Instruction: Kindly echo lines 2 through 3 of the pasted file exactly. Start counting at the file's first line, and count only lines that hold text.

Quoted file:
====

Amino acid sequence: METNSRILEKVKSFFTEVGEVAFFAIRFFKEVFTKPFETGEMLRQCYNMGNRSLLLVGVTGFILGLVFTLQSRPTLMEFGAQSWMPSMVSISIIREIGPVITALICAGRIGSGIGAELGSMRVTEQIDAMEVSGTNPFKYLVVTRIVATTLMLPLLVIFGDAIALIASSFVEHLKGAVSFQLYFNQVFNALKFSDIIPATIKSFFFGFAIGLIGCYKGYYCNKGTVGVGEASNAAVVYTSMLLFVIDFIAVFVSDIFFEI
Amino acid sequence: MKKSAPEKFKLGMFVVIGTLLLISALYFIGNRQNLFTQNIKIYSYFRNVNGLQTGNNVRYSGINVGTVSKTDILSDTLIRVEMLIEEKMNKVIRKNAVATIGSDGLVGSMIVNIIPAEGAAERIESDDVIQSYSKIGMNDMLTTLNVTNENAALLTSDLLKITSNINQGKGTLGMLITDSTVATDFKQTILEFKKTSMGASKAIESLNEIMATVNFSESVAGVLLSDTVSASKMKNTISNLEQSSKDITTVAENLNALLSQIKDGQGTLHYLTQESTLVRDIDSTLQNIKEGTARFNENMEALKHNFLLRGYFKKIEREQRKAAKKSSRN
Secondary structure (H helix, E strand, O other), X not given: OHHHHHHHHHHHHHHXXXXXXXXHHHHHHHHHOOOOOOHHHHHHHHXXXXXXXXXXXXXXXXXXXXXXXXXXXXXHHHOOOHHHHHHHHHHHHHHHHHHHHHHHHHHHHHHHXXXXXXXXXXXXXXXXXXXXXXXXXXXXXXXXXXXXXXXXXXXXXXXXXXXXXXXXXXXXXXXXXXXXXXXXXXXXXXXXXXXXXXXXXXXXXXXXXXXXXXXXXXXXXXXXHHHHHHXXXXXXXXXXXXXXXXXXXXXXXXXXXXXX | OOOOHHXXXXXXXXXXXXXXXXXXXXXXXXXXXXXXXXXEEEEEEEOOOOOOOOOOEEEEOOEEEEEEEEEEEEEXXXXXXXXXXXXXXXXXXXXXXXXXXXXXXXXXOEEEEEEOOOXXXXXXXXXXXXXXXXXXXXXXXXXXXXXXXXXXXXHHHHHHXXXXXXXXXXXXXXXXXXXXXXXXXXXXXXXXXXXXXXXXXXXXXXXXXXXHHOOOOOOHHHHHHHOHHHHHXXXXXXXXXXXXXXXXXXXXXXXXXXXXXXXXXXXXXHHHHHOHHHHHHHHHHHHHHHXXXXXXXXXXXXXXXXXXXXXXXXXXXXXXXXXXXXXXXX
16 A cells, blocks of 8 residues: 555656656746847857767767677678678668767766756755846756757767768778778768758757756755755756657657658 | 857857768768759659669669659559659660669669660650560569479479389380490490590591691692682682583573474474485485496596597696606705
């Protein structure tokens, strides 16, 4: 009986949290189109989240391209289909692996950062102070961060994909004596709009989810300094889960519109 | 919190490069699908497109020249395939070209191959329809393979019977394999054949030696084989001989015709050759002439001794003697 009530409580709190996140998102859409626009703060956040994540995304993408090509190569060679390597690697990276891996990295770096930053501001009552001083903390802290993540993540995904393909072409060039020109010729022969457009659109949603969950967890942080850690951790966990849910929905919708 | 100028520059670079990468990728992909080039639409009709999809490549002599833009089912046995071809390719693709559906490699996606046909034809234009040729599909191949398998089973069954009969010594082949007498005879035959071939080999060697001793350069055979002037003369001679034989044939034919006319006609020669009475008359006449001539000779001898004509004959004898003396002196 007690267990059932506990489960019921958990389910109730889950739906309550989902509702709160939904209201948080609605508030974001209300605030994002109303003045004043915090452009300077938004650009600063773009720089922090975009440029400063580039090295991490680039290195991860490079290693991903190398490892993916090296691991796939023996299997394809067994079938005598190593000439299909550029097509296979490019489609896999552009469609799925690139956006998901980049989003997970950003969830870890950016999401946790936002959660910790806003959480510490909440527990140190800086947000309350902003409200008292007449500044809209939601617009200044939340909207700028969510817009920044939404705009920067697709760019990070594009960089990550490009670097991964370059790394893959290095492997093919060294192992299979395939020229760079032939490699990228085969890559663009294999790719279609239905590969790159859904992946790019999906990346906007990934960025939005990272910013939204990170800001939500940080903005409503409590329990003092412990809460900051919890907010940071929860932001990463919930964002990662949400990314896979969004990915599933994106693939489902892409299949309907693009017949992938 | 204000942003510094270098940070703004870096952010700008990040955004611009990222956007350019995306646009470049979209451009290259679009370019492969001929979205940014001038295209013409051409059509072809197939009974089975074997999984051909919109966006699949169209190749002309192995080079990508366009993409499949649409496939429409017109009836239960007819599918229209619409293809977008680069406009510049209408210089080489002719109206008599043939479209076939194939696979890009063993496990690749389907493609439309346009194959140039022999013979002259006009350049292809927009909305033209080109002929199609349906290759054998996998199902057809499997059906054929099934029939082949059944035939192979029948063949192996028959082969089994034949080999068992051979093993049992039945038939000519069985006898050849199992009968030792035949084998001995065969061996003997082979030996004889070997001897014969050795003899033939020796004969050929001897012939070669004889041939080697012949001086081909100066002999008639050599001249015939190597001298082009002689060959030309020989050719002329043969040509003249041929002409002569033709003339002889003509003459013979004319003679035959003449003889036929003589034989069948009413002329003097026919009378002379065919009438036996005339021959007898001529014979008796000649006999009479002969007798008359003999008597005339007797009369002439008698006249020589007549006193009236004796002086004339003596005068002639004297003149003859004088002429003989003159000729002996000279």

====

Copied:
Amino acid sequence: MKKSAPEKFKLGMFVVIGTLLLISALYFIGNRQNLFTQNIKIYSYFRNVNGLQTGNNVRYSGINVGTVSKTDILSDTLIRVEMLIEEKMNKVIRKNAVATIGSDGLVGSMIVNIIPAEGAAERIESDDVIQSYSKIGMNDMLTTLNVTNENAALLTSDLLKITSNINQGKGTLGMLITDSTVATDFKQTILEFKKTSMGASKAIESLNEIMATVNFSESVAGVLLSDTVSASKMKNTISNLEQSSKDITTVAENLNALLSQIKDGQGTLHYLTQESTLVRDIDSTLQNIKEGTARFNENMEALKHNFLLRGYFKKIEREQRKAAKKSSRN
Secondary structure (H helix, E strand, O other), X not given: OHHHHHHHHHHHHHHXXXXXXXXHHHHHHHHHOOOOOOHHHHHHHHXXXXXXXXXXXXXXXXXXXXXXXXXXXXXHHHOOOHHHHHHHHHHHHHHHHHHHHHHHHHHHHHHHXXXXXXXXXXXXXXXXXXXXXXXXXXXXXXXXXXXXXXXXXXXXXXXXXXXXXXXXXXXXXXXXXXXXXXXXXXXXXXXXXXXXXXXXXXXXXXXXXXXXXXXXXXXXXXXXHHHHHHXXXXXXXXXXXXXXXXXXXXXXXXXXXXXX | OOOOHHXXXXXXXXXXXXXXXXXXXXXXXXXXXXXXXXXEEEEEEEOOOOOOOOOOEEEEOOEEEEEEEEEEEEEXXXXXXXXXXXXXXXXXXXXXXXXXXXXXXXXXOEEEEEEOOOXXXXXXXXXXXXXXXXXXXXXXXXXXXXXXXXXXXXHHHHHHXXXXXXXXXXXXXXXXXXXXXXXXXXXXXXXXXXXXXXXXXXXXXXXXXXXHHOOOOOOHHHHHHHOHHHHHXXXXXXXXXXXXXXXXXXXXXXXXXXXXXXXXXXXXXHHHHHOHHHHHHHHHHHHHHHXXXXXXXXXXXXXXXXXXXXXXXXXXXXXXXXXXXXXXXX